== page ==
Central Ballet Theatre of Greeneville will bring the beloved story of Cinderella to the stage Jan. 21-23 with some novel and interesting twists to the classic tale.
More than 100 local and professional dancers will bring the exciting, original ballet for all ages to the stage in the auditorium of the Annie Hogan Byrd Fine Arts Building on the Tusculum College campus. Four performances are scheduled: 7 p.m. on Friday, Jan. 21, 2 and 7 p.m. on Saturday, Jan. 22 and 2 p.m. on Sunday, Jan. 23.
Adapted and choreographed by Central Ballet’s Artistic Director Lori Ann Sparks, this specially created ballet is based on the familiar children’s story of a virtuous young girl who suffers hardships and injustice but endures and is miraculously rewarded for her courage and goodness.
While writing the storyline of “Cinderella,” Sparks read every version of the fairy tale she could find. Finding interesting additions helped her turn a simple character into a young woman with great depth and generosity. Some interesting twists added to the story include a tree branch collected from Cinderella’s travels that the young girl asks to plant on her mother’s grave, an injured bluebird rescued by Cinderella that turns into a fairy god-mother and a funny dragon that lead the Prince into a glade to find a kind and beautiful girl.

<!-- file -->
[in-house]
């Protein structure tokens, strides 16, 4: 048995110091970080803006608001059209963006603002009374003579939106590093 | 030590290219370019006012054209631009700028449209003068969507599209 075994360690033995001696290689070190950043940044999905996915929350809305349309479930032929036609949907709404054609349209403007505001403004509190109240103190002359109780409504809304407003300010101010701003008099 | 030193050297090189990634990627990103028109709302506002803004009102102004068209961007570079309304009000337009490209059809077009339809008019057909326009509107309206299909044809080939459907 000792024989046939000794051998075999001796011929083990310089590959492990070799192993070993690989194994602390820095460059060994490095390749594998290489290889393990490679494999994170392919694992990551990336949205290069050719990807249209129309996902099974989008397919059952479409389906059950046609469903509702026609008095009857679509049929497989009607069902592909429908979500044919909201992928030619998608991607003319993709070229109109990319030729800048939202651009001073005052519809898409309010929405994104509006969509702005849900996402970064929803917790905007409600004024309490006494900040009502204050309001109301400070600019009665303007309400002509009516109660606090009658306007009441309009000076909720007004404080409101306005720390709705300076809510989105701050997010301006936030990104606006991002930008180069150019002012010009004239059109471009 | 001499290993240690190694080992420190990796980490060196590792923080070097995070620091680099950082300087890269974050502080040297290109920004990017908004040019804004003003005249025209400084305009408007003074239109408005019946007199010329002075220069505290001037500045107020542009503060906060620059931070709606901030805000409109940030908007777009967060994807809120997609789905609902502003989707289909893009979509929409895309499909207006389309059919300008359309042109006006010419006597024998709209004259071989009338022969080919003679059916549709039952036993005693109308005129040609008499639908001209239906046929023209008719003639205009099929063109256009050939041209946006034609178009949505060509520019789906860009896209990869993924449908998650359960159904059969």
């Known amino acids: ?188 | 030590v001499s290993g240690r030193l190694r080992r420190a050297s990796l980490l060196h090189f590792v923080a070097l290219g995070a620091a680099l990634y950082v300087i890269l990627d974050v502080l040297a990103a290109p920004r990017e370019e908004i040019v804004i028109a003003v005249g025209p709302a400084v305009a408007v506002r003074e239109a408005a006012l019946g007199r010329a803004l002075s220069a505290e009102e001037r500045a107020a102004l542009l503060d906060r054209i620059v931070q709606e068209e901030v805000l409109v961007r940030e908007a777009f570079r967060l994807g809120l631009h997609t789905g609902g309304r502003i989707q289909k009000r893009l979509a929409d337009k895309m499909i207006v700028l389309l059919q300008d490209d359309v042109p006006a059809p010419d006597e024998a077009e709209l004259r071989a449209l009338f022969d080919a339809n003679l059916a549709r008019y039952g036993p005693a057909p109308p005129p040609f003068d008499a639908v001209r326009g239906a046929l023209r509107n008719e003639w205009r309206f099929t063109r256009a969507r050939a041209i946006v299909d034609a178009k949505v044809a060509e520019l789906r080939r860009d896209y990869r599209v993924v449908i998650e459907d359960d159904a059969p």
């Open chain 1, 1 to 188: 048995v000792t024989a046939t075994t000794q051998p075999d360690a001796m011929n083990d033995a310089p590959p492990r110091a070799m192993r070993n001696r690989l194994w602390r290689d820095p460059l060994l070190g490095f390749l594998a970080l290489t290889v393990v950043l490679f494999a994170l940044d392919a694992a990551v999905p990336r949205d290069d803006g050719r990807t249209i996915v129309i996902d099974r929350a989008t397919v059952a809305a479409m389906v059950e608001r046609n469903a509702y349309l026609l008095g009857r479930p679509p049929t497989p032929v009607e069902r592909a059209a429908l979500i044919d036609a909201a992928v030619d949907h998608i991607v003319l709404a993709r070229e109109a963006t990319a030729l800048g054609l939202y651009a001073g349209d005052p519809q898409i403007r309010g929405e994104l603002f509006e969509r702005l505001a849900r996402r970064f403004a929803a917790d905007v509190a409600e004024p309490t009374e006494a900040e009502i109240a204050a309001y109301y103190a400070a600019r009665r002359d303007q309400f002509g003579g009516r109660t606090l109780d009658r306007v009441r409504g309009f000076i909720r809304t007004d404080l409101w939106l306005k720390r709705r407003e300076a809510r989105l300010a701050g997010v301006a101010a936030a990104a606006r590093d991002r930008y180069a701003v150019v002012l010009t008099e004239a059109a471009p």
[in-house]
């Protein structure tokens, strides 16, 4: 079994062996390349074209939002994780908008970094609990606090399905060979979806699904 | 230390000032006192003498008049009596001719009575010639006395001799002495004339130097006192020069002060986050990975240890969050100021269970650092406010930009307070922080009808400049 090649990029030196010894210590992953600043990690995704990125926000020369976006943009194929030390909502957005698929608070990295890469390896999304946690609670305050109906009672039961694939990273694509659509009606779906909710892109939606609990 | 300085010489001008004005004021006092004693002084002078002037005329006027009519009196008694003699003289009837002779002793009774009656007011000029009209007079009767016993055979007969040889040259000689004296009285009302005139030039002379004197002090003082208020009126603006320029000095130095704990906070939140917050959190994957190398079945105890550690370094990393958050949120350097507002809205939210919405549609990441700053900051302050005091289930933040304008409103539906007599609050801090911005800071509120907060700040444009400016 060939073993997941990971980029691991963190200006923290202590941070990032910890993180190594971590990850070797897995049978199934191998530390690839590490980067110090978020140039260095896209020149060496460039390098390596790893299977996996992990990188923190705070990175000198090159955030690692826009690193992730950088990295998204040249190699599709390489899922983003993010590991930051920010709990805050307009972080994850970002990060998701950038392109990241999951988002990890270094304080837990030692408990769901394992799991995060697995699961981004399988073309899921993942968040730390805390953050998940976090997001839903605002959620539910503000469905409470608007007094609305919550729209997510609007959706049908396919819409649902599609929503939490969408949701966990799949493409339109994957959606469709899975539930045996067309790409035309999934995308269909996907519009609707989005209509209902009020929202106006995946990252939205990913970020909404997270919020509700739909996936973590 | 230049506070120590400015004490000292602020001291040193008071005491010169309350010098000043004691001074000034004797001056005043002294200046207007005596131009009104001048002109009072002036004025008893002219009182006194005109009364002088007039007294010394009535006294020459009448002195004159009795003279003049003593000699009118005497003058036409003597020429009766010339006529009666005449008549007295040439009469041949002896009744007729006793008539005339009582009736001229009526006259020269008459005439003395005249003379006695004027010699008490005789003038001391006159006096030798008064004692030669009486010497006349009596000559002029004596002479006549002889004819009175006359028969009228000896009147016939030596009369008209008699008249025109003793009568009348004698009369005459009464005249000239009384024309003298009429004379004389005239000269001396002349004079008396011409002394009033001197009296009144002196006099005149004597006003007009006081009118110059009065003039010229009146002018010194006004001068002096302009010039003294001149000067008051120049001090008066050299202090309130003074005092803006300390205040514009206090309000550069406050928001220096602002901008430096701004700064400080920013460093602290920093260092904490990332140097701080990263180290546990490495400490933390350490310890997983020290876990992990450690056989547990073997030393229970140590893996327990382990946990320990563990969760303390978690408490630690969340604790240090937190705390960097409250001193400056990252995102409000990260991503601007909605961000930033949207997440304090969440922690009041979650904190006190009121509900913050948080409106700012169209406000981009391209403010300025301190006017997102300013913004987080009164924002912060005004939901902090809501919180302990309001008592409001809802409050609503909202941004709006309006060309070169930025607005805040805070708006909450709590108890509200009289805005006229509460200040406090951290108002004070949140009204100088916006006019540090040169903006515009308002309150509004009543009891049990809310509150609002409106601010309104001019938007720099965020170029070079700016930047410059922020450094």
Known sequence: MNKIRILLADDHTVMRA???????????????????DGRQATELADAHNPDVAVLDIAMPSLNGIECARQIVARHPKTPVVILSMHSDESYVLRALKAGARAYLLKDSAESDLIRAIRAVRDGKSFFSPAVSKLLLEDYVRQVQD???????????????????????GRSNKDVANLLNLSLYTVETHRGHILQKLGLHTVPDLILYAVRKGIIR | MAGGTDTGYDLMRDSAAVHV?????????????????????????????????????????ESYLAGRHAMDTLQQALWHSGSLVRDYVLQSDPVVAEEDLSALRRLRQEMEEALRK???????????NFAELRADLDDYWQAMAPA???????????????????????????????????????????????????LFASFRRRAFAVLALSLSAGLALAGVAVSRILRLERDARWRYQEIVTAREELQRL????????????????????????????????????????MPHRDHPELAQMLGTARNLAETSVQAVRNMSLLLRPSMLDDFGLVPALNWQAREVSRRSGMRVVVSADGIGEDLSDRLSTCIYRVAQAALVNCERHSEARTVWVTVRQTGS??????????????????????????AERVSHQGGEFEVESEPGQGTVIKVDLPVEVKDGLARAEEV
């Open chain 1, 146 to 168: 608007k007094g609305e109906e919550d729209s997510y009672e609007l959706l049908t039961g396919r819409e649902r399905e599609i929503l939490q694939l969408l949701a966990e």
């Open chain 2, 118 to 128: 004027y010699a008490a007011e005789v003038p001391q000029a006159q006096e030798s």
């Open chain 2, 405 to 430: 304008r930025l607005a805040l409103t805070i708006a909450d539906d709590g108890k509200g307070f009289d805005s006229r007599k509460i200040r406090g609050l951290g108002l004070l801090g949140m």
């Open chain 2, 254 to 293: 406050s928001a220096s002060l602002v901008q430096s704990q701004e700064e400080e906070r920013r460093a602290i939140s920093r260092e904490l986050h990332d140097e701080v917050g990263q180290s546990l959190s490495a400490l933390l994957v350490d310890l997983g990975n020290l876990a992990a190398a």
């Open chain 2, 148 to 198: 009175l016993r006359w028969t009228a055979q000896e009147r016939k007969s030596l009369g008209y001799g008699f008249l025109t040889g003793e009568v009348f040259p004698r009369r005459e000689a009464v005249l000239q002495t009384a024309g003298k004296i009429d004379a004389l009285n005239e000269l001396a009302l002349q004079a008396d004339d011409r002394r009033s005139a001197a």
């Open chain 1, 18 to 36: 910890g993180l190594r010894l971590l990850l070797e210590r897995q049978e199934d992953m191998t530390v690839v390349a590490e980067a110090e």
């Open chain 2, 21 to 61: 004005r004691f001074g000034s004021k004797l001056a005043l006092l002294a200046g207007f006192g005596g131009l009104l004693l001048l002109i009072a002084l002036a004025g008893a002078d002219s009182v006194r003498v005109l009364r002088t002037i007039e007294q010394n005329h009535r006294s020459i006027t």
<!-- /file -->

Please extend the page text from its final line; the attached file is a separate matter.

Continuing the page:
The ballet begins with scenes between a young Cinderella and her mother, illustrating a relationship that creates a loving environment for training a child to travel the path of goodness and kindness. Upon her mother’s death, a wise nurse servant gives Cinderella her mother’s special slippers. As the ballet progresses, Cinderella grows in character as she faces the death of her mother, the marriage of her father to a proud and arrogant new wife and life with the taskmaster and her two ugly stepsisters.
The stage is then set for the Prince to recognize her beauty inside and out as he comes upon her in a glade and watches as she cares for an injured bird and poor beggar lady. And then comes the ball, when the two get to dance together and Cinderella’s dreams come true.
The ballet will feature two new guest professional dancers, Ryan Carroll and Ashley Cunningham. Carroll, a freelance dancer from New York City, will portray the Prince. After dancing with Cuballet and with the Alabama Ballet, he went on to dance soloist and principal roles with American Repertory Ballet. Carroll was principal soloist with Ballet Concierto de Puerto Rico in San Juan. As a free-lance dancer, he is a guest artist with Northwest Florida Ballet, Alabama Dance Theater, Western Ballet of Puerto Rico, New England Dance Theater and now Central Ballet Theatre of Greeneville.
Cunningham will dance the role of Cinderella’s father. Cunningham previously danced with Ruth Mitchell Dance Company, Jacksonville Ballet Theater, The Florida Ballet and Bay Ballet Theater. He is the founder of his own school, Lakeway School of Ballet and Dance, in Morristown and is also artistic director of Downtown Dance Theater.
Sparks, the company’s resident professional dancer, will be returning to the stage in the role of Cinderella’s mother. In addition to serving as artistic director, storywriter and choreographer, Sparks is the founder of Central Ballet School and Central Ballet Theatre and is the ballet mistress.